No, in all these things we are more than conquerors through him who loved us. For I am sure that neither death nor life, nor angels nor rulers, nor things present nor things to come, nor powers, nor height nor depth, nor anything else in all creation, will be able to separate us from the love of God in Christ Jesus our Lord. Romans 8:37-39

I can’t stop believing, because He has saved me from my muck and He has held me through the darkest and most taunting hours of my life.  He has remained steadfast and He has remained gracious even in the midst of my doubts and my unbelief.

This Advent season is about Hope.  This Advent season is about how Jesus came to save the world from darkness.  The waiting was over when Jesus came and conquered death.  We now have Hope eternal. Life everlasting.  Jesus is enough to make it until we are Home. He promised that He would be.

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Not Leaning In


We Christians like to make up a bunch of sayings to make people feel better in their grief and pain.  It seems like an art that we have well mastered to sound like Truth, when it isn’t Truth at all.  It’s not even in the Bible.  We say these sayings  in an effort to comfort, but really they just fall flat.

A few classics are: “Jesus never gives us more then we can bear.”  “Lay it at the foot of the cross and Jesus will take it away.” “Jesus doesn’t want to us to suffer.  He wants us to be happy.” “Lean into Jesus.  When we lean in, He gives us strength.” I’ve said this stuff before.  I really believed it too.  But when I believed it I hadn’t been the one suffering and broken.  I was just a person who didn’t know pain well and was trying to comfort someone who was in immense pain.  It was trite and it was unkind.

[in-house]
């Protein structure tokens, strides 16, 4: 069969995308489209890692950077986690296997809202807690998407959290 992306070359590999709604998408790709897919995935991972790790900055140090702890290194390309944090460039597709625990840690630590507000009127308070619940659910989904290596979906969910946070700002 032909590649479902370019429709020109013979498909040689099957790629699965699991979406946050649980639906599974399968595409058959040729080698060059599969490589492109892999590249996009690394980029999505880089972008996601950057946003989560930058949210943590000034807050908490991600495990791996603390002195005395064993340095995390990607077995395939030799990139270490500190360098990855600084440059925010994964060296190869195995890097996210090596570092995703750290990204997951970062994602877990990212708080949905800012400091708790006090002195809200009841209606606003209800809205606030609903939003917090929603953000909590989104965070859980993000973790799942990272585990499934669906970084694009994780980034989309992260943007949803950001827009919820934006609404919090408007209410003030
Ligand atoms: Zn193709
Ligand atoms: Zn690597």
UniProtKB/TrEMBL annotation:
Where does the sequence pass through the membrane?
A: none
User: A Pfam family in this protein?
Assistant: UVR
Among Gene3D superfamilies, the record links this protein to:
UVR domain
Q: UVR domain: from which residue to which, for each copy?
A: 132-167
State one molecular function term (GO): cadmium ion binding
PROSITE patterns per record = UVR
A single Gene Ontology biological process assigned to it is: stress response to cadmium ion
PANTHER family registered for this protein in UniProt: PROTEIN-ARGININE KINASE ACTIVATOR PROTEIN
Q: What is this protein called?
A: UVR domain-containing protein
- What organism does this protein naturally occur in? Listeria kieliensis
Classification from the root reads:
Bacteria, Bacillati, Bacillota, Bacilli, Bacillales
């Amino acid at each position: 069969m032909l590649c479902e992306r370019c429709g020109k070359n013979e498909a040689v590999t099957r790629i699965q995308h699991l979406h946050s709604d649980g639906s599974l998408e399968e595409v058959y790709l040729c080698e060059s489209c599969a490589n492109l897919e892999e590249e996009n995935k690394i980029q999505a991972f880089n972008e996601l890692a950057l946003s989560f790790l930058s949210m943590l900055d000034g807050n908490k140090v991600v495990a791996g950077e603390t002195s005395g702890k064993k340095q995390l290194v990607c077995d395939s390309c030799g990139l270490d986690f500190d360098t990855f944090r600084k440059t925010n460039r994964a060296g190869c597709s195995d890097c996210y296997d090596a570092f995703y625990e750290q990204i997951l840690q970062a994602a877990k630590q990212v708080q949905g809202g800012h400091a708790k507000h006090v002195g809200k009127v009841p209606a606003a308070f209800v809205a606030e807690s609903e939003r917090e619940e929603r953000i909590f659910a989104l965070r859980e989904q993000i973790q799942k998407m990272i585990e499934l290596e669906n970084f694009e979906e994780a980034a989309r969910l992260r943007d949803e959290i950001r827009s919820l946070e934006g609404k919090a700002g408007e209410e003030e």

The church’s theology of suffering has been poor as of late.  Especially the American church.  I don’t know if it’s because we live in such a prosperous country, so then we feel like we need to be prosperous theologically as well?  Or if we just simply don’t want to suffer and we don’t know what to do when we do suffer, so we’ve just made up one liners in order to try to feel better about our circumstances and the circumstances of others.

I probably sound very cynical at the moment…

I have had an ongoing annoyance with these one liners for years.

The one that got me most recently was when a friend who is suffering called and shared that she had some friends telling her to, “Lean into Jesus.  When we lean in, He gives us strength.”  I wanted to poke my eyes out.  I got so frustrated.  Then my poor friend was the brunt of my frustration, because by then I went into protective mode.  The poor advice broke my heart.